Next-Level Cancer Detection
A new method detects and classifies cancer early
2019 Research Report

Image Caption: 
Dr. Daniel De Carvalho at the Princess Margaret Cancer Centre.

There are many ways to stand out in a crowd—one way is to look different from those around you.

As cancer progresses, tumour cells develop a number of changes in their DNA that enable them to be more easily detected. One particular type of change to DNA is known as an epigenetic change. Rather than changing the genetic code, epigenetic modifications control how the code is read.

“A major challenge in treating cancer is detecting it early. Finding rare cancer-specific mutations in the blood, especially at earlier stages is difficult,” says Dr. Daniel De Carvalho. “Epigenetic changes, which do not alter the underlying DNA sequence, are not similarly constrained and could provide a new way to detect cancer.”

Dr. De Carvalho and his team took advantage of this phenomenon to develop a blood test that can detect and classify cancer at its earliest stages.

His team profiled thousands of epigenetic changes in multiple cancer types and used the data to predict the presence of cancer DNA in the blood.

They found that epigenetic changes in blood DNA could be used to accurately detect and classify tumours. They have since expanded this research and successfully matched more than 700 tumour and blood samples for a variety of cancer types.

Next steps include testing this method in large studies where blood samples are collected months to years before cancer diagnosis. These studies will help to determine whether the test can be used in the clinic to screen for cancer.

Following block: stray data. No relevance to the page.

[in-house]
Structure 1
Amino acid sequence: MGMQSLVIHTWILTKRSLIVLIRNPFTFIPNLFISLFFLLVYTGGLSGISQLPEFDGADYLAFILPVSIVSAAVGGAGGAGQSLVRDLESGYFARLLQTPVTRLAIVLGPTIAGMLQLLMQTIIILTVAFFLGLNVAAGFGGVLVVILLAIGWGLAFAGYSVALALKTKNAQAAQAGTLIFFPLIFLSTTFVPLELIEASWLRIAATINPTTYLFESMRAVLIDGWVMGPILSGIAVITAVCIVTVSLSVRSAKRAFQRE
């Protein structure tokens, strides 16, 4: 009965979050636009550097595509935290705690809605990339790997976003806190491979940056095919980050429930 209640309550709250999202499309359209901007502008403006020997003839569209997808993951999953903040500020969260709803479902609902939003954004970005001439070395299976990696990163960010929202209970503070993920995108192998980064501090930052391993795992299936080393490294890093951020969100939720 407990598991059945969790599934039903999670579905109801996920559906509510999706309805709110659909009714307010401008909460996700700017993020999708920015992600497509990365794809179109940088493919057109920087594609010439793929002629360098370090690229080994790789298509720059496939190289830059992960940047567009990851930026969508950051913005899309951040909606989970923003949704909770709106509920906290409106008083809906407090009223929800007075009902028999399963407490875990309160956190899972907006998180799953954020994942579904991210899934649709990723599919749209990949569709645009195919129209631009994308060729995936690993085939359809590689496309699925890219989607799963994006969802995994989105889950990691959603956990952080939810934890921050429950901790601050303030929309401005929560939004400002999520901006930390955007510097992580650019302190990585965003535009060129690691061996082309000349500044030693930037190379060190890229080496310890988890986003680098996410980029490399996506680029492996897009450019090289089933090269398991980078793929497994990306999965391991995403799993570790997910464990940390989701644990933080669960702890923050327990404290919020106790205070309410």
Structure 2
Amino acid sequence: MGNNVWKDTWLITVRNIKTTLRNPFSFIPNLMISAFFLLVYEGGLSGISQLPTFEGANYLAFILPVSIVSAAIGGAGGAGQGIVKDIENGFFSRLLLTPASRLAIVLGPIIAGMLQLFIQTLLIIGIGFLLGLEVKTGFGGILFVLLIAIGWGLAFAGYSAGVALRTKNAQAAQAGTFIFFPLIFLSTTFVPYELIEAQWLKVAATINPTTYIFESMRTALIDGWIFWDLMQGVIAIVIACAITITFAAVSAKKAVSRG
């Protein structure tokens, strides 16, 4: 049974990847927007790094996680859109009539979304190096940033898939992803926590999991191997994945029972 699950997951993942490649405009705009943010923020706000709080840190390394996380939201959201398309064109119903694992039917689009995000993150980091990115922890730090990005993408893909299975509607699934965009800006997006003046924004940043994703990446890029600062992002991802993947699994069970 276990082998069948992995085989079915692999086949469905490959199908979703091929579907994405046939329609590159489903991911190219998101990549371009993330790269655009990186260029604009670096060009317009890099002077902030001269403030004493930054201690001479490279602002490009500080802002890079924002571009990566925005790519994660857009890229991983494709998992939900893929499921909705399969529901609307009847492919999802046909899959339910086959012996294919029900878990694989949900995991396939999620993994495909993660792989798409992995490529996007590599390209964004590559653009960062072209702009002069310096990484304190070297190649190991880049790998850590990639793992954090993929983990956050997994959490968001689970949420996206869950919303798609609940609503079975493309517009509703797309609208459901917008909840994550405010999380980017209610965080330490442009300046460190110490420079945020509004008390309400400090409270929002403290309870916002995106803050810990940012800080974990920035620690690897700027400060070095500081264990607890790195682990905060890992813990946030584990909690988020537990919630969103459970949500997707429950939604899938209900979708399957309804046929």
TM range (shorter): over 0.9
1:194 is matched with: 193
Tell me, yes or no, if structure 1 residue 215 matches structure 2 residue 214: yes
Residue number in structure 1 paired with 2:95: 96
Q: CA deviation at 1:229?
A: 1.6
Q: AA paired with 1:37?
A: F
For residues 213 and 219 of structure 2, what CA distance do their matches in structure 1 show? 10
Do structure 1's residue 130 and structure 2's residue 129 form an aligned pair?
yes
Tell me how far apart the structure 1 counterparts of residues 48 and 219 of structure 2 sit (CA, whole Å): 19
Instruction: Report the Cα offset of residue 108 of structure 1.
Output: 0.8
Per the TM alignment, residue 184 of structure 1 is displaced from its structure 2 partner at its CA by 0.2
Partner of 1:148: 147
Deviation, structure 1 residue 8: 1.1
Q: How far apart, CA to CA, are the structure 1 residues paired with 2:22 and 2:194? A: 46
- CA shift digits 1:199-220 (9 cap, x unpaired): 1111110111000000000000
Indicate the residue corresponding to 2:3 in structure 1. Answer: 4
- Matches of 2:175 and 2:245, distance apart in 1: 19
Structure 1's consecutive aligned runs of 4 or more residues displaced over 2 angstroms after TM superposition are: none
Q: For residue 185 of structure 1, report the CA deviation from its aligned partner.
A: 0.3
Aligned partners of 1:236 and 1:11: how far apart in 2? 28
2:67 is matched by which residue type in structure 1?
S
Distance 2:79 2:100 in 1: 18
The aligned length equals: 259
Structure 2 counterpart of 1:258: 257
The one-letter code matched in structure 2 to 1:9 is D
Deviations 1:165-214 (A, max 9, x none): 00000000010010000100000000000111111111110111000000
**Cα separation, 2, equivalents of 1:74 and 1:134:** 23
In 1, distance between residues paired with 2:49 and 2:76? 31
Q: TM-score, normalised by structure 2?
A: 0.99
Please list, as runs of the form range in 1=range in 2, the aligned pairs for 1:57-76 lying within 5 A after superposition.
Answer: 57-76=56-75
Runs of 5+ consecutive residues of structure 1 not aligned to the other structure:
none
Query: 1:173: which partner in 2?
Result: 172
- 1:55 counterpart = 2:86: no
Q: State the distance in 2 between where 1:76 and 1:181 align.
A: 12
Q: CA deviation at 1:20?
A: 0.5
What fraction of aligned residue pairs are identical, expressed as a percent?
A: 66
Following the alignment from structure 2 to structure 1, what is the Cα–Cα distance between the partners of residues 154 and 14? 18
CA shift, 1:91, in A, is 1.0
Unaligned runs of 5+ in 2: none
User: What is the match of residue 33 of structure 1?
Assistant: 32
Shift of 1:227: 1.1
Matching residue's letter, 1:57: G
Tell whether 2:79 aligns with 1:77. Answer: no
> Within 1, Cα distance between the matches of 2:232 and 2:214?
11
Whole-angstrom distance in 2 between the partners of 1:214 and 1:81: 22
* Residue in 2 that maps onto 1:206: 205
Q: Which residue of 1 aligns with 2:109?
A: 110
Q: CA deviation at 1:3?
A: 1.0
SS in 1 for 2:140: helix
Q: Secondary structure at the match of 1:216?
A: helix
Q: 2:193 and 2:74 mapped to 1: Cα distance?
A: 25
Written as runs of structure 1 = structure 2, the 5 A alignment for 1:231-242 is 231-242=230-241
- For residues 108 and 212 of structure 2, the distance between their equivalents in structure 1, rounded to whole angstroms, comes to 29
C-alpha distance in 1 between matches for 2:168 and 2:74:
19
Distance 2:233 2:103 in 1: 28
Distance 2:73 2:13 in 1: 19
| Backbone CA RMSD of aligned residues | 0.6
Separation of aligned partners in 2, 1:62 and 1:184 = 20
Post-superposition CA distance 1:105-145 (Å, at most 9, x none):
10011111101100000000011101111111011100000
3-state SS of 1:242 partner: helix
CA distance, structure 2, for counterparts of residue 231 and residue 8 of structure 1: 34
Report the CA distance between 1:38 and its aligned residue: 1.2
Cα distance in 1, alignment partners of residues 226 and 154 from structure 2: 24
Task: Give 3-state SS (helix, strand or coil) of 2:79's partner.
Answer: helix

OF FLOWERS AND CANCERS

In nature, the colours that are displayed on flowers’ petals provide an example of epigenetics in action. Despite having the same DNA, epigenetic changes explain why one species of flower can display a variety of different petal colours. Similarly for cancer, epigenetic changes contribute to the  characteristics that differentiate tumour cells from normal cells.

Members of the De Carvalho lab, Ilias Ettayebi (left) and Roxana Shen (right), analyzing the epigenetics of a blood tumour.
In this study, the researchers looked at a particular type of epigenetic modification called methylation. This alteration includes the addition of tiny chemical structures to DNA that turn genes on and off. By uncovering a new way to profile methylation patterns in blood DNA that are unique to cancer cells, these results reveal a new way to detect cancer. One day, using this technology, individuals may be screened for the earliest stages of cancer using a simple, non-invasive and convenient blood test.

Shen SY, et al. Nature. 2018 Nov;563(7732):579-583. Supported by the University of Toronto’s McLaughlin Centre, the Canadian Institutes of Health Research, Canadian Cancer Society, Ontario Institute for Cancer Research, and The Princess Margaret Cancer Foundation. D De Carvalho holds a Tier 2 Canada Research Chair (CRC) in Cancer Epigenetics and Epigenetic Therapy. T Pugh holds a Tier 2 CRC in Translational Genomics.